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Do I have Covid if there is a faint second line? Lateral Flow Tests explained

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Lateral Flow Tests are the quickest and easier way to test yourself for Covid-19 in the UK but the majority of universal free Covid testing was scrapped at the beginning of April.

Some exceptions remain in place with NHS workers, carers, prison workers and employees in high risk domestic violence refuges able to access kits.

Although free LFTs are no longer available for most of the general public, they remain the cheapest and most convenient way to check yourself as single tests are priced below £2 at most major pharmacies.As reported in the Mirror, around one in three people with the virus don’t show symptoms, so can spread to others without knowing, according to NHS Inform.

According to the website, lateral flow tests can be less sensitive when a person has lower levels of the virus in their system.The Government guidance states that “… even faint lines, shows the test is positive”.It adds: “Result lines may appear smudged or faint, but they are still valid results and must be reported.”So while you're seeing a faint second line, it is likely you are positive and currently infected with coronavirus.You should report this test result and carry out a PCR to confirm the result.The simple mechanism uses litmus paper and solution to highlight that the test has worked successfully with one line, and a second red line if the virus is present in your saliva.Lateral Flow tests were previously available for free from the Government website and available over the counter at most pharmacies.But the scheme was scrapped by the UK Government with the change coming into effect from April 1.The decision to end universal free testing has been controversial, with many criticising the move.LFTs are still available for free in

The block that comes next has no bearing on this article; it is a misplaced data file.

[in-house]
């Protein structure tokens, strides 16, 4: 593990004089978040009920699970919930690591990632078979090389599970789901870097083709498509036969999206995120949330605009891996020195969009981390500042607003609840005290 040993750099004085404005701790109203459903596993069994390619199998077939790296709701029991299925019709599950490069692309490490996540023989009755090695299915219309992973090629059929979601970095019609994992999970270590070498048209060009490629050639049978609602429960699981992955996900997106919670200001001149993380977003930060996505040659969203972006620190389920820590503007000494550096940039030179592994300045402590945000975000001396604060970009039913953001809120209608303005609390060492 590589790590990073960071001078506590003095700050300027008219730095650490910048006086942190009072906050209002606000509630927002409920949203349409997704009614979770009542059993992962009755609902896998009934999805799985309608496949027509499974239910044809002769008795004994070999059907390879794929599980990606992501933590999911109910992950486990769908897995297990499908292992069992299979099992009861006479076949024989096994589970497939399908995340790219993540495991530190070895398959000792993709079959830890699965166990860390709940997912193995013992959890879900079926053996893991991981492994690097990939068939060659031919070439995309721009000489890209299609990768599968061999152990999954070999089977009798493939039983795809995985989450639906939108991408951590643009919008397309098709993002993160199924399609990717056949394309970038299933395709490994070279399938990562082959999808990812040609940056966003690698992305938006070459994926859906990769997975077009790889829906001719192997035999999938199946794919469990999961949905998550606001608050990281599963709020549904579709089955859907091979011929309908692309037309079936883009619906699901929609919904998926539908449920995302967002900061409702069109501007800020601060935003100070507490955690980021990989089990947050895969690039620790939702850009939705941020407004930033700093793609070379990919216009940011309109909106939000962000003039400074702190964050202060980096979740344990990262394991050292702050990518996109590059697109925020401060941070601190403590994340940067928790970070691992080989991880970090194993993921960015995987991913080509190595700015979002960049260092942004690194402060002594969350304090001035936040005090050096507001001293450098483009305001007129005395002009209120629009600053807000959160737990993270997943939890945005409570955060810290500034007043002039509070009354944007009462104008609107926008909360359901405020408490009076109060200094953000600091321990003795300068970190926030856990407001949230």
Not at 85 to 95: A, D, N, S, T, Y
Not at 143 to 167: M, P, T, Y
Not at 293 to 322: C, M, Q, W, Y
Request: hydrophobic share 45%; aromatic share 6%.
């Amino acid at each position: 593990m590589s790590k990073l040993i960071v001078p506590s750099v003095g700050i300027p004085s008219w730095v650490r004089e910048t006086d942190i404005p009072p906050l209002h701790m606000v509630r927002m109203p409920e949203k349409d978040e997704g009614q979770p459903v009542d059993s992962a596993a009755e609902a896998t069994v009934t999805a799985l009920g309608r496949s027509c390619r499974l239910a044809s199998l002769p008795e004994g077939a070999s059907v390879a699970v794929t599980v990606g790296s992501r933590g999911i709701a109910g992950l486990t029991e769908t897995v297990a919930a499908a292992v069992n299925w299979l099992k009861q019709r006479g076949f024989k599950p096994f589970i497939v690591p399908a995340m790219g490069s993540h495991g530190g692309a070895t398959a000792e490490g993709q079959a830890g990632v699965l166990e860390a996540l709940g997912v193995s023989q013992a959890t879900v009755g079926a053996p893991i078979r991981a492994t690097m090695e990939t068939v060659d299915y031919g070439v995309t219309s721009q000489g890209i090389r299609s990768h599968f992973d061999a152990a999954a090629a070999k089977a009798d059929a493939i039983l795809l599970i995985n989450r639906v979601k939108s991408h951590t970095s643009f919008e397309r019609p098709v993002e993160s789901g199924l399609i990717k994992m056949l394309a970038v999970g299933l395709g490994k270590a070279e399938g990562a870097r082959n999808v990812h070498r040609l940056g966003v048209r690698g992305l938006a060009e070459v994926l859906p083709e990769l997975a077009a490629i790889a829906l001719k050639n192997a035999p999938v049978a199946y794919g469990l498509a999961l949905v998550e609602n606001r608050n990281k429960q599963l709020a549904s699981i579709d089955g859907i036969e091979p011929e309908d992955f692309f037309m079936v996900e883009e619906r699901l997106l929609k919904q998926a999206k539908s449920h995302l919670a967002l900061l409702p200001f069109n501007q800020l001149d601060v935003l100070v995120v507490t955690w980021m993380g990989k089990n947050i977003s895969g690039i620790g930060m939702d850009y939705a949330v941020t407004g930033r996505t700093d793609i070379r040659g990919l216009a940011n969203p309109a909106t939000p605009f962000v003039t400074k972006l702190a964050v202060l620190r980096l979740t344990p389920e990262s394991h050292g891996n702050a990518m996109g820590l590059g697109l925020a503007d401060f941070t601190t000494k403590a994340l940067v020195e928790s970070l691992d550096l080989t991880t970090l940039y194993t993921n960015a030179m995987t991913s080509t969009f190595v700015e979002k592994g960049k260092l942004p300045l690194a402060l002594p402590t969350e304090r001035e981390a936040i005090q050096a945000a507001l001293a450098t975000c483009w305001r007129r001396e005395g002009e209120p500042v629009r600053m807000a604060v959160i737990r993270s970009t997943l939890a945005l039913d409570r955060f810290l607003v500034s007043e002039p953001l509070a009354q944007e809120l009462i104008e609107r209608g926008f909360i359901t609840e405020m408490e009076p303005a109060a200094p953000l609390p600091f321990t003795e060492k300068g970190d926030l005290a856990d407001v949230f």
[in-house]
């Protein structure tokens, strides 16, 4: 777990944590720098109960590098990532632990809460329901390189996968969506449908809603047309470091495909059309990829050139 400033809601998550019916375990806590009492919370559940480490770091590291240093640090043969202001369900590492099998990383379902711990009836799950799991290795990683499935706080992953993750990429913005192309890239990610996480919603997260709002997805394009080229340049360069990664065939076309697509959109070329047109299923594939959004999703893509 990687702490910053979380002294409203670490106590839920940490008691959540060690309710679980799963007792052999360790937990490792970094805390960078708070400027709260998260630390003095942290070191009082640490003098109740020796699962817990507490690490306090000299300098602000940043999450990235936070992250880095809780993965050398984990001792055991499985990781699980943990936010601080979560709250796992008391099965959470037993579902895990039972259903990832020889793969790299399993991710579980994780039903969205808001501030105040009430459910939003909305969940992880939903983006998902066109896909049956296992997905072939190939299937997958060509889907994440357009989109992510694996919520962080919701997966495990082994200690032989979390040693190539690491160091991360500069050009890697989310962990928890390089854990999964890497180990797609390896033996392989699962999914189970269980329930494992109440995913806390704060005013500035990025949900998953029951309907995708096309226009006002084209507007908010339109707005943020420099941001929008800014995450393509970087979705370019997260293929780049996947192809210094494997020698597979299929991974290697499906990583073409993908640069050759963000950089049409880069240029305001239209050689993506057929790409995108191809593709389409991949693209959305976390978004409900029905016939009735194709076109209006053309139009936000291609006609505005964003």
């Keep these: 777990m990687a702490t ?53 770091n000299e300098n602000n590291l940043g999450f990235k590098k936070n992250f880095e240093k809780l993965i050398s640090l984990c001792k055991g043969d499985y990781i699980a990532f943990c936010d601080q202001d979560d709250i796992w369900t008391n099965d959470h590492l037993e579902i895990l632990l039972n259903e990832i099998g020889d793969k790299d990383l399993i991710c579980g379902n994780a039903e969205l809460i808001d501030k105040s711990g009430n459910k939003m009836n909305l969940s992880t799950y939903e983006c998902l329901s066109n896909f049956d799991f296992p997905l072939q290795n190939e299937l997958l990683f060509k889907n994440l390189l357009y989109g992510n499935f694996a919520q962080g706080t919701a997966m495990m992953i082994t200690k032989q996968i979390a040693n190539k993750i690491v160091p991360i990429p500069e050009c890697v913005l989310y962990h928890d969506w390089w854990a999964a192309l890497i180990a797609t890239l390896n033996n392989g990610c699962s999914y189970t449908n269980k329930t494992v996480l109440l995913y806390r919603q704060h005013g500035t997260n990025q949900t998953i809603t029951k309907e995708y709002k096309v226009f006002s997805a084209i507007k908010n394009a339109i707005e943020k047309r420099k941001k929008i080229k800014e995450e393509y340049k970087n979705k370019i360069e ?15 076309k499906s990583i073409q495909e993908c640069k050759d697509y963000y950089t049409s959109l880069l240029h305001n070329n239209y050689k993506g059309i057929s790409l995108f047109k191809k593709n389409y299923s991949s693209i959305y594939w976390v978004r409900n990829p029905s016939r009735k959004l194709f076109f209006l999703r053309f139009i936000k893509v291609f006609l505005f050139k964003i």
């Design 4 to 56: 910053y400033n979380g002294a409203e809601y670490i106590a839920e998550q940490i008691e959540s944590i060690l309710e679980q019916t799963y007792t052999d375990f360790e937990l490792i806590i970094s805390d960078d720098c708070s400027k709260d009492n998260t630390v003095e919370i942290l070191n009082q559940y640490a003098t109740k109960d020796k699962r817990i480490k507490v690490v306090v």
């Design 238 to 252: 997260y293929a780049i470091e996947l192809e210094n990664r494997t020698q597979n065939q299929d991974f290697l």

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New deadly side effect warning issued to those with Covid in the last six months - - Sweden
New deadly side effect warning issued to those with Covid in the last six months
Covid in the last six months could be at risk of a deadly side effect.People who caught the virus less than half a year ago could be more likely to get blood clots, with researchers in Sweden discovering a risk of deep vein thrombosis up to three months post-infection.The research also found that people with Covid in the last six months were more susceptible to a blood clot in the lungs.Reports also indicate that there is a greater chance of a "bleeding event" in the two months after being ill.The new research from Swedish provided more evidence to the vital use of vaccines to protect from Covid complications, which aren't limited when infected with the virus.Experts found that even mild, non-hospitalised Covid patients could be at risk of potentially deadly deep vein thrombosis and pulmonary embolism.They said: "Our findings arguably support thromboprophylaxis to avoid thrombotic events, especially for high risk patients, and strengthen the importance of vaccination against Covid-19."The chances of getting a blood clot were found to be higher during the first wave of the pandemic, which suggests improvements in treatment and wide-ranging vaccine coverage has lessened the risk.Researchers at the University of Glasgow looked into "living with Covid" as more governments ease restrictions.The researchers said the study "reminds us of the need to remain vigilant to the complications associated with even mild SARS-CoV-2 infection, including thromboembolism".Deep vein thrombosis (DVT) occurs when a blood clot forms on a deep vein, usually in your legs, and if the blood clot breaks off and travels into the lungs, it can cause a potentially fatal pulmonary embolism.